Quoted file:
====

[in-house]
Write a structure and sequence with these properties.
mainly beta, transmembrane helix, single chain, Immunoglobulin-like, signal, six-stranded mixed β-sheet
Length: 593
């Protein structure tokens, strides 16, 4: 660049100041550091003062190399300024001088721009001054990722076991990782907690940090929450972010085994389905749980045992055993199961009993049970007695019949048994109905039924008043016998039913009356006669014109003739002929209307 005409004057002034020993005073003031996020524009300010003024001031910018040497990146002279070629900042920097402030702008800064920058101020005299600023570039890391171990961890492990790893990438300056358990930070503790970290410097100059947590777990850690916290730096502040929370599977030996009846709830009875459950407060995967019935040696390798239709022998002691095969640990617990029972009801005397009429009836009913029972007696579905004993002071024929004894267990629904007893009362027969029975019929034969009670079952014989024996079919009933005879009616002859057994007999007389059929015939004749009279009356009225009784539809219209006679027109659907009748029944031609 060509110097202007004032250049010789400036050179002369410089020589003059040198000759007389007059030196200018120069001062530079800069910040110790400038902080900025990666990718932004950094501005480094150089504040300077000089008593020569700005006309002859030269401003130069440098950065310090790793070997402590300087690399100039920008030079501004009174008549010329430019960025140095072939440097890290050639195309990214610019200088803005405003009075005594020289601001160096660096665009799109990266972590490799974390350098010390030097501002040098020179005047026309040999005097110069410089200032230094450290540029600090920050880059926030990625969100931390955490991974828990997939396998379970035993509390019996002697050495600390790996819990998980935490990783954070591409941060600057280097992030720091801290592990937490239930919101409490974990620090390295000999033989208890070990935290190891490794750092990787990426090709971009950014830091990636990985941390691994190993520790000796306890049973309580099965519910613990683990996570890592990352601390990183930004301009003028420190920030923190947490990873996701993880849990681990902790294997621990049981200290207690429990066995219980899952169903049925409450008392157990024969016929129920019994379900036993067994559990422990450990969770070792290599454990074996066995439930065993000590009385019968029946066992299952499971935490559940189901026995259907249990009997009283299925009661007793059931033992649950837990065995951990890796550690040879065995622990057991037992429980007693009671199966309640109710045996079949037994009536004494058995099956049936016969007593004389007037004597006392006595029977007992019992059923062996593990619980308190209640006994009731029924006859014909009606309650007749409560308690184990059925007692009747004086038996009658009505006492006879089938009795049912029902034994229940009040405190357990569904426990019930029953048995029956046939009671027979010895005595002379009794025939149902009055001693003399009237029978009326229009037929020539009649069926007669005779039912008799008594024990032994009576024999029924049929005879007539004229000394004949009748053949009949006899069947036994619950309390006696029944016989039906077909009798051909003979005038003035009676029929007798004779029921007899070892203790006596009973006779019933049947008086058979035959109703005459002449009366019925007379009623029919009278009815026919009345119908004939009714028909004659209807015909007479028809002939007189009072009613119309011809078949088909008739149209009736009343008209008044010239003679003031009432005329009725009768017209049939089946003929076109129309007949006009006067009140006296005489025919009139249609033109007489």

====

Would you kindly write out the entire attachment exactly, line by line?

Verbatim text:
[in-house]
Write a structure and sequence with these properties.
mainly beta, transmembrane helix, single chain, Immunoglobulin-like, signal, six-stranded mixed β-sheet
Length: 593
């Protein structure tokens, strides 16, 4: 660049100041550091003062190399300024001088721009001054990722076991990782907690940090929450972010085994389905749980045992055993199961009993049970007695019949048994109905039924008043016998039913009356006669014109003739002929209307 005409004057002034020993005073003031996020524009300010003024001031910018040497990146002279070629900042920097402030702008800064920058101020005299600023570039890391171990961890492990790893990438300056358990930070503790970290410097100059947590777990850690916290730096502040929370599977030996009846709830009875459950407060995967019935040696390798239709022998002691095969640990617990029972009801005397009429009836009913029972007696579905004993002071024929004894267990629904007893009362027969029975019929034969009670079952014989024996079919009933005879009616002859057994007999007389059929015939004749009279009356009225009784539809219209006679027109659907009748029944031609 060509110097202007004032250049010789400036050179002369410089020589003059040198000759007389007059030196200018120069001062530079800069910040110790400038902080900025990666990718932004950094501005480094150089504040300077000089008593020569700005006309002859030269401003130069440098950065310090790793070997402590300087690399100039920008030079501004009174008549010329430019960025140095072939440097890290050639195309990214610019200088803005405003009075005594020289601001160096660096665009799109990266972590490799974390350098010390030097501002040098020179005047026309040999005097110069410089200032230094450290540029600090920050880059926030990625969100931390955490991974828990997939396998379970035993509390019996002697050495600390790996819990998980935490990783954070591409941060600057280097992030720091801290592990937490239930919101409490974990620090390295000999033989208890070990935290190891490794750092990787990426090709971009950014830091990636990985941390691994190993520790000796306890049973309580099965519910613990683990996570890592990352601390990183930004301009003028420190920030923190947490990873996701993880849990681990902790294997621990049981200290207690429990066995219980899952169903049925409450008392157990024969016929129920019994379900036993067994559990422990450990969770070792290599454990074996066995439930065993000590009385019968029946066992299952499971935490559940189901026995259907249990009997009283299925009661007793059931033992649950837990065995951990890796550690040879065995622990057991037992429980007693009671199966309640109710045996079949037994009536004494058995099956049936016969007593004389007037004597006392006595029977007992019992059923062996593990619980308190209640006994009731029924006859014909009606309650007749409560308690184990059925007692009747004086038996009658009505006492006879089938009795049912029902034994229940009040405190357990569904426990019930029953048995029956046939009671027979010895005595002379009794025939149902009055001693003399009237029978009326229009037929020539009649069926007669005779039912008799008594024990032994009576024999029924049929005879007539004229000394004949009748053949009949006899069947036994619950309390006696029944016989039906077909009798051909003979005038003035009676029929007798004779029921007899070892203790006596009973006779019933049947008086058979035959109703005459002449009366019925007379009623029919009278009815026919009345119908004939009714028909004659209807015909007479028809002939007189009072009613119309011809078949088909008739149209009736009343008209008044010239003679003031009432005329009725009768017209049939089946003929076109129309007949006009006067009140006296005489025919009139249609033109007489």